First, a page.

Dried Rose-leaves





The house that Prosper Gael had built for himself and for the woman

whom Joan came to think of as the "tall child," stood in a canyon, a

deep, secret fold of the hills, where a cliff stood behind it, and

where the pine-needled ground descended before its door, under the

far-flung, greenish-brown shade of fir boughs, to the lip of a green

lake. Here the highest snow-peak toppled giddily down and reared

giddily up from the crystal green to the ether blue, firs massed into

the center of the double image. In January, the lake was a glare of

snow, in which the big firs stood deep, their branches heavily

weighted. Prosper had dug a tunnel from his door through a big drift

which touched his eaves. It was curious to see Wen Ho come pattering

out of this Northern cave, his yellow, Oriental face and slant eyes

peering past the stalactite icicles as though they felt their own

incongruity almost with a sort of terror. The interior of the

five-room house gave just such an effect of bizarre and extravagant

contrast; an effect, too, of luxury, though in truth it was furnished

for the most part with stuffs and objects picked up at no very great

expense in San Francisco shops. Nevertheless, there was nothing tawdry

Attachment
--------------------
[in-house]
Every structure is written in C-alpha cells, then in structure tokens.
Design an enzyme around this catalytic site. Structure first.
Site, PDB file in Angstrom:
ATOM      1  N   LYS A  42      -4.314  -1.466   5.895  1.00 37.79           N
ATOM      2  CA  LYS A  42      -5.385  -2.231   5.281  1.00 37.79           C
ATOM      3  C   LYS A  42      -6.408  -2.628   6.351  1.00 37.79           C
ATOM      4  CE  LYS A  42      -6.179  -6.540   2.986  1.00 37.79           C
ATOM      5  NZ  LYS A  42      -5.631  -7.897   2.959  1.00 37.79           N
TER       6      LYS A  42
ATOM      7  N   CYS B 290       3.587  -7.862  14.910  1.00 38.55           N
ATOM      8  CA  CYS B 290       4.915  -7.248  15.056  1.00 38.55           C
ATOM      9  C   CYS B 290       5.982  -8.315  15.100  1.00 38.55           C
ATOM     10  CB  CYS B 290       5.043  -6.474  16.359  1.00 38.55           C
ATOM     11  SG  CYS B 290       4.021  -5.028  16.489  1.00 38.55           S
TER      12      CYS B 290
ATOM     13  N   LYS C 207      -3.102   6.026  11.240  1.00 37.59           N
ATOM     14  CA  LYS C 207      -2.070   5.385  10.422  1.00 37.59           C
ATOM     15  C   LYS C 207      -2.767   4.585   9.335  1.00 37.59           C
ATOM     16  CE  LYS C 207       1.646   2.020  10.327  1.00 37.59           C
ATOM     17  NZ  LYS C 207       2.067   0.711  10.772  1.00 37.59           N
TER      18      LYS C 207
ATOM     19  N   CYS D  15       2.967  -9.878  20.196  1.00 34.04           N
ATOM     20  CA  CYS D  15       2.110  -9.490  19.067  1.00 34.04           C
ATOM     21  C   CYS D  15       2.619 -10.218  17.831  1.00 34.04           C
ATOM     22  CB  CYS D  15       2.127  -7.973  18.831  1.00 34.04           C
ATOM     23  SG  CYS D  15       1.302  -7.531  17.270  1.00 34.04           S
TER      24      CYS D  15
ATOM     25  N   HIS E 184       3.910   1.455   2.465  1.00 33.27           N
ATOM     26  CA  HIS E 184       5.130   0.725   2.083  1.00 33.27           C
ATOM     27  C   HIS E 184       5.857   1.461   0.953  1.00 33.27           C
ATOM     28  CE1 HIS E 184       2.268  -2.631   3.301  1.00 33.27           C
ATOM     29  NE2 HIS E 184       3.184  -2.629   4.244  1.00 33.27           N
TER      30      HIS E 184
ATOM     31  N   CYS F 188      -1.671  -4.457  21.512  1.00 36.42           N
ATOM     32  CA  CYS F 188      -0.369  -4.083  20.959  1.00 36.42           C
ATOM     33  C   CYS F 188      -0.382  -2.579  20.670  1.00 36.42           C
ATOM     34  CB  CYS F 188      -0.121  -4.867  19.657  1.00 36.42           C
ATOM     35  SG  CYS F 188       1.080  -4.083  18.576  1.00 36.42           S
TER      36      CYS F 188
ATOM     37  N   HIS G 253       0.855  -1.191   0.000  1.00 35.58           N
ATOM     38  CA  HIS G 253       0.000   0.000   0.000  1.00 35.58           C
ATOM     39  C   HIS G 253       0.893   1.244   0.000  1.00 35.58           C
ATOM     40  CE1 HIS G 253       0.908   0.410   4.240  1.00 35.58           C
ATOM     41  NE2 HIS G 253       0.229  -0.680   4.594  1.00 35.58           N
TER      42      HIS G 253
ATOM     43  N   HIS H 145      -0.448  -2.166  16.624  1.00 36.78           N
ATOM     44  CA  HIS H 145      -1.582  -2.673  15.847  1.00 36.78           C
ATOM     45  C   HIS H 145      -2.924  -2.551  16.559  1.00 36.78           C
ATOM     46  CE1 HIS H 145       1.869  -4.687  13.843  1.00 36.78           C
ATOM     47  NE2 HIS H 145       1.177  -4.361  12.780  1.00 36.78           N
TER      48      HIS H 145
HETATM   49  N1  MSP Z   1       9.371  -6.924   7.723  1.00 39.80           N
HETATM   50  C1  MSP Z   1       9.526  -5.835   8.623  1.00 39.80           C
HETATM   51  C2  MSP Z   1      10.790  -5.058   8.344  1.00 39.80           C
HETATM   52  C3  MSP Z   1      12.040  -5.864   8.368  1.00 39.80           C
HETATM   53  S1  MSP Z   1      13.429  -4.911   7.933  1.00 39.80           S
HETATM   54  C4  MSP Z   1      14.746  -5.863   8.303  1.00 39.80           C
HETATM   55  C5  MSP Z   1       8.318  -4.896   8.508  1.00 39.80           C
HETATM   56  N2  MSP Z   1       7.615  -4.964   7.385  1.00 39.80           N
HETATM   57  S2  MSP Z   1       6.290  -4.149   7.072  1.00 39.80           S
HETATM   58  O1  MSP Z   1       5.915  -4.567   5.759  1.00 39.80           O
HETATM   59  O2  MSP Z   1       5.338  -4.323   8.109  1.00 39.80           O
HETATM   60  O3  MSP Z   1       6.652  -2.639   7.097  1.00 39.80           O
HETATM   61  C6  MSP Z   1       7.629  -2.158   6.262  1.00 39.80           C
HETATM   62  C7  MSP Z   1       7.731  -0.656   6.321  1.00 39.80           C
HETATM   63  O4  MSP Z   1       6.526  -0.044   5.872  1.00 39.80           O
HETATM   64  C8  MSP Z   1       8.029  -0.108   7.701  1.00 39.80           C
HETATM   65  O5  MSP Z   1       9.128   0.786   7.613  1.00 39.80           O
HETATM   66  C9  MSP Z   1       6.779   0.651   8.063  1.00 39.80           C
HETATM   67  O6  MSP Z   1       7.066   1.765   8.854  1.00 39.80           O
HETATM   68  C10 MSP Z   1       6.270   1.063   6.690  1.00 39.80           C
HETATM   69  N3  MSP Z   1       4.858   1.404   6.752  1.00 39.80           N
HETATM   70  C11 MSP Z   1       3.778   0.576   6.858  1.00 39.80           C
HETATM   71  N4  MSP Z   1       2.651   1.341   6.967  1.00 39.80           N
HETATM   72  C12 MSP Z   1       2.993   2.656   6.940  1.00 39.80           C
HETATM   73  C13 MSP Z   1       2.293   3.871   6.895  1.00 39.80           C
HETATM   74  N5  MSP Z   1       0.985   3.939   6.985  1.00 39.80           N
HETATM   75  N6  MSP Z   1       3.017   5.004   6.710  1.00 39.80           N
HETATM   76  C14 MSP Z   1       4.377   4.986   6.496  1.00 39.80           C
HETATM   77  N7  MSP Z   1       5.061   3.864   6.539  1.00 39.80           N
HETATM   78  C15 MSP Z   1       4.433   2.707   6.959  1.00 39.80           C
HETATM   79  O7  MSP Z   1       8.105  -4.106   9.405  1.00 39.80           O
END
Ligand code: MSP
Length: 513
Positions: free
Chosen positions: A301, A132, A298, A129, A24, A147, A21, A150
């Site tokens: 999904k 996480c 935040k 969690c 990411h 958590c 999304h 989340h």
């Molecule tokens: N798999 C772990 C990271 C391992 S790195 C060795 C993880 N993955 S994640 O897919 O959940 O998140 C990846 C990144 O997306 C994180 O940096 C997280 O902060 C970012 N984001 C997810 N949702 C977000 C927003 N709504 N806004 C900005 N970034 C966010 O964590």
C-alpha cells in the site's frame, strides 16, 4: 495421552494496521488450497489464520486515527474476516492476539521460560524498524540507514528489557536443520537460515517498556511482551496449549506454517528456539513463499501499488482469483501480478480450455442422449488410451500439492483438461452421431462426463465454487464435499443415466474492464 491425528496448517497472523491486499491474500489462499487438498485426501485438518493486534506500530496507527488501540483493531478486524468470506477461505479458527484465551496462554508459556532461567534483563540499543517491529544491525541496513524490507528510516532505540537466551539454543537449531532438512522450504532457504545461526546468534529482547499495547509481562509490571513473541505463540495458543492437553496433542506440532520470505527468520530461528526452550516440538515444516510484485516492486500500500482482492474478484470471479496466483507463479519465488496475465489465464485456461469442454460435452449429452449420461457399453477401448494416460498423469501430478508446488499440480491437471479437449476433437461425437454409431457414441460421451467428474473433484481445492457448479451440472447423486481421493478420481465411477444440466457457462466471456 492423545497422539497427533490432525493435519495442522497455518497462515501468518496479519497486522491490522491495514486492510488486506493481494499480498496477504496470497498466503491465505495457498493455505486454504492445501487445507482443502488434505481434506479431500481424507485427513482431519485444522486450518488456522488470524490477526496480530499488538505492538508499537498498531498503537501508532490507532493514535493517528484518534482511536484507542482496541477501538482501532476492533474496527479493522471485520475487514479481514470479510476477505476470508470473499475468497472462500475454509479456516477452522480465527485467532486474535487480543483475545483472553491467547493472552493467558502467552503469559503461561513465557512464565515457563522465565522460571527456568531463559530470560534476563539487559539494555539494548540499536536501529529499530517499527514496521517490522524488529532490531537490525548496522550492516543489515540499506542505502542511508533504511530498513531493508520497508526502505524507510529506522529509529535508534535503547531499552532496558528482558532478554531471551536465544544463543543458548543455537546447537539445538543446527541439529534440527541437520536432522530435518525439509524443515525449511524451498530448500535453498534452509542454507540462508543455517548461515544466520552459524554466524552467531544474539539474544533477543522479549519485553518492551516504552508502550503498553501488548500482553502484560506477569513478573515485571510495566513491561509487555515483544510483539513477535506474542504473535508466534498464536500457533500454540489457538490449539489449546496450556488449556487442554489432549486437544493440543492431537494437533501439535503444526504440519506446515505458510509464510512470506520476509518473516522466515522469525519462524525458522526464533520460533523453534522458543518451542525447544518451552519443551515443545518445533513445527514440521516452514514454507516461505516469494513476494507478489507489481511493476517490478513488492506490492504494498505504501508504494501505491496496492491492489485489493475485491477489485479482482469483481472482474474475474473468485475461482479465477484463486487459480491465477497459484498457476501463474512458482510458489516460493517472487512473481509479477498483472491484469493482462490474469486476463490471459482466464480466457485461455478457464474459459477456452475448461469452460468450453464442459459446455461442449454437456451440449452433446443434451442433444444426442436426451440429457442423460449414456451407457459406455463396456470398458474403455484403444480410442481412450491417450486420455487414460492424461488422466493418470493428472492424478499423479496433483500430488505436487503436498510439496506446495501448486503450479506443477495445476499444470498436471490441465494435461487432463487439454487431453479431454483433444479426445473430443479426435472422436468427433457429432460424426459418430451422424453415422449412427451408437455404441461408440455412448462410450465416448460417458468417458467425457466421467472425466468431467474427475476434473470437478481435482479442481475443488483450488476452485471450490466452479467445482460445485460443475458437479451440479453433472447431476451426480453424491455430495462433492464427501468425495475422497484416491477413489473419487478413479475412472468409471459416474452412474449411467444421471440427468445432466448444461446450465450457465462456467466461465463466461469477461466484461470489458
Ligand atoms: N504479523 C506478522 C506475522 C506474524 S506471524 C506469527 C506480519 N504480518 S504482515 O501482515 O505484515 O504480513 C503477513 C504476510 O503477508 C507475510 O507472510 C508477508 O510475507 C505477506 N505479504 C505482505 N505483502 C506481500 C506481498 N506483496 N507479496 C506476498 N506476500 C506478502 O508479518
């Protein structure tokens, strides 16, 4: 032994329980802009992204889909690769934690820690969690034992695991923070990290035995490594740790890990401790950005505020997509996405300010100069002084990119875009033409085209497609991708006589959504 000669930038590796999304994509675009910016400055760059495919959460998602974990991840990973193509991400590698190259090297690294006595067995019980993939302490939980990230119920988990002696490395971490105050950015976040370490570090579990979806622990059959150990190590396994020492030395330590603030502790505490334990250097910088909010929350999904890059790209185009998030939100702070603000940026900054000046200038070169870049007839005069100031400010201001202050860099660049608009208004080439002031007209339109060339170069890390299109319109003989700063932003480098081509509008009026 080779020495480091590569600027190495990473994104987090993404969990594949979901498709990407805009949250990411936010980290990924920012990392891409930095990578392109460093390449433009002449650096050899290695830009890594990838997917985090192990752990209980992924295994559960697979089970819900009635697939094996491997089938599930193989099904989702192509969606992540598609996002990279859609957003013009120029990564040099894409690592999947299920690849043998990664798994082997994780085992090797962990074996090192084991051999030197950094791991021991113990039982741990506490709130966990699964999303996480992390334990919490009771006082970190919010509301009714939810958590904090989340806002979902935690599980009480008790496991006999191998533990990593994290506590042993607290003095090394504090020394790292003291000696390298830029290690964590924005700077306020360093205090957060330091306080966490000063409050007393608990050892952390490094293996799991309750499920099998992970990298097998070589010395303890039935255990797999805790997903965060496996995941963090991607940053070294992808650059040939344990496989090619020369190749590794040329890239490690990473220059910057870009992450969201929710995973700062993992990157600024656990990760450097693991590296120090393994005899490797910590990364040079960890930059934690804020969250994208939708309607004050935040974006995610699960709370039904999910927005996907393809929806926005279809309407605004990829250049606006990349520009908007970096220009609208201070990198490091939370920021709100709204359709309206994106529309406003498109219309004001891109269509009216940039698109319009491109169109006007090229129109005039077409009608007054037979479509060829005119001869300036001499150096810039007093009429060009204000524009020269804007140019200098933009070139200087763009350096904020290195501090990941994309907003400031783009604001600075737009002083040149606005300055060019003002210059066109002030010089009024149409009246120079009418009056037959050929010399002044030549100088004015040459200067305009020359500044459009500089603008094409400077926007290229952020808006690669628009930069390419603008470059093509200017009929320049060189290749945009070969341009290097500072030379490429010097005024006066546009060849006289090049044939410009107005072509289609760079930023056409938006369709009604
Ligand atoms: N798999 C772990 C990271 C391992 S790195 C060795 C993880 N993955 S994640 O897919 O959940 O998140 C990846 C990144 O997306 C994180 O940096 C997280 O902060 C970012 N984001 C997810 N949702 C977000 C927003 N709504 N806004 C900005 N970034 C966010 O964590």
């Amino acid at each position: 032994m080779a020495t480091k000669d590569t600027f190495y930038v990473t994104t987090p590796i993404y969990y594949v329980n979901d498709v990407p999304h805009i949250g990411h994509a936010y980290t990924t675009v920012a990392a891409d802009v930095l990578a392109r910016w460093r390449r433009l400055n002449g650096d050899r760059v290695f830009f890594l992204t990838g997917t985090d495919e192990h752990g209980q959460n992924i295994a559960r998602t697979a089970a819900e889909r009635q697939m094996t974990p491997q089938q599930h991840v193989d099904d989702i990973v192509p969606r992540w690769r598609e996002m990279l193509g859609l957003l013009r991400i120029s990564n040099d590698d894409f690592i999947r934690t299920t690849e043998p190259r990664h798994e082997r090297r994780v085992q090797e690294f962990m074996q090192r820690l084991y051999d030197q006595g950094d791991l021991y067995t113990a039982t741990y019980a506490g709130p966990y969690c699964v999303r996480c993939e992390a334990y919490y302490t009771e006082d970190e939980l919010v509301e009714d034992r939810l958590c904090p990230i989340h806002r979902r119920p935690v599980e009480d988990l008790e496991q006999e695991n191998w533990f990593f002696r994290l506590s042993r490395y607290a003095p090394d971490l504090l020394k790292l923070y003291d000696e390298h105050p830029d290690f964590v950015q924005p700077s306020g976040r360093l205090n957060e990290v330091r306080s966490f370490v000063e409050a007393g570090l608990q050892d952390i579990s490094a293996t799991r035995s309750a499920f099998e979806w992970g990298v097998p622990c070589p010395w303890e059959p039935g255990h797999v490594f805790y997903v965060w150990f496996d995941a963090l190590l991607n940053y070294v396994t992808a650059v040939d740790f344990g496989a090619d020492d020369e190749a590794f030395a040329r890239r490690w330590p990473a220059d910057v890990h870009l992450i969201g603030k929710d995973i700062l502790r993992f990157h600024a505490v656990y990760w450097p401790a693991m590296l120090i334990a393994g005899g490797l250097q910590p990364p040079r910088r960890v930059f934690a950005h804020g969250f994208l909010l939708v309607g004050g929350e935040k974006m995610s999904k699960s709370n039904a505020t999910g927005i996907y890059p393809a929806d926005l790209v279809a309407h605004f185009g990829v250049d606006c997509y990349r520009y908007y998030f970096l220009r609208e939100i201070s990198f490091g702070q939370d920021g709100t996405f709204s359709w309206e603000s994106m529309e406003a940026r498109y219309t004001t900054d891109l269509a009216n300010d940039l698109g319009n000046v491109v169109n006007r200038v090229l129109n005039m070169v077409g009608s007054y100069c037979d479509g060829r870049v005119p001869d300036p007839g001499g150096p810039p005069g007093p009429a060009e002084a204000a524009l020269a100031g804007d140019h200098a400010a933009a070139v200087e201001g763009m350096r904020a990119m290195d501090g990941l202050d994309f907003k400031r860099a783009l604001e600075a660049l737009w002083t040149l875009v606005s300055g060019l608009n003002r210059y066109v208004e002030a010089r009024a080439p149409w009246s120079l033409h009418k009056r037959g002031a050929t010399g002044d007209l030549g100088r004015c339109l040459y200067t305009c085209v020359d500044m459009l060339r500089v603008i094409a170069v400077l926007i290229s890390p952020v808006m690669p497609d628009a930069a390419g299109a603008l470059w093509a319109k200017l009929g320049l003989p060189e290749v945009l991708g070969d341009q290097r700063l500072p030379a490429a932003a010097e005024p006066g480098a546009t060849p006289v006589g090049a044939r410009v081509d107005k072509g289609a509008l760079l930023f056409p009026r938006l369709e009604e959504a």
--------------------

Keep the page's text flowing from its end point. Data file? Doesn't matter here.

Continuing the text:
and, here and there, something really precious. Draperies on the

walls, furniture made by Wen Ho and Prosper, lacquered in black and

red, brass and copper, bright pewter, gay china, some fur rugs, a

gorgeous Oriental lamp, bookcases with volumes of a sober richness, in

fact the costliest and most laborious of imports to this wilderness,

small-paned, horizontal windows curtained in some heavy green-gold

stuff which slipped along the black lacquered pole on rings of jade;

all these and a hundred other points of softly brilliant color gave to

the living-room a rare and striking look, while the bedrooms were

matted, daintily furnished, carefully appointed as for a bride. Much

thought and trouble, much detailed labor, had gone to the making of

this odd nest in a Wyoming canyon. Whatever one must think of Prosper

Gael, it is difficult to shirk heartache on his account. A man of his

temperament does not lightly undertake even a companioned isolation in

a winter land. To picture what place of torment this well-appointed

cabin was to him before he brought to it Joan, as a lonely man brings

in a wounded bird to nurse and cherish, stretches the fancy on a rack

of varied painfulness.



On that night, snow was pouring itself down the narrow canyon in a

crowded whirl of dry, clean flakes. Wen Ho, watchful, for his master

was already a day or so beyond the promised date of his return, had

started a fire on the hearth and spread a single cover on the table.

He had drawn the green-and-gold curtains as though there had been

anything but whirling whiteness to look in and stood warming himself

with a rubbing of thin, dry hands before the open blaze. The real heat

of the house, and it was almost unbearably hot, came from the stoves

in kitchen and bedrooms, but this fire gave its quota of warmth and

more than its quota of that beauty so necessary to Prosper Gael.



Wen Ho put his head from one side to the other and stopped rubbing his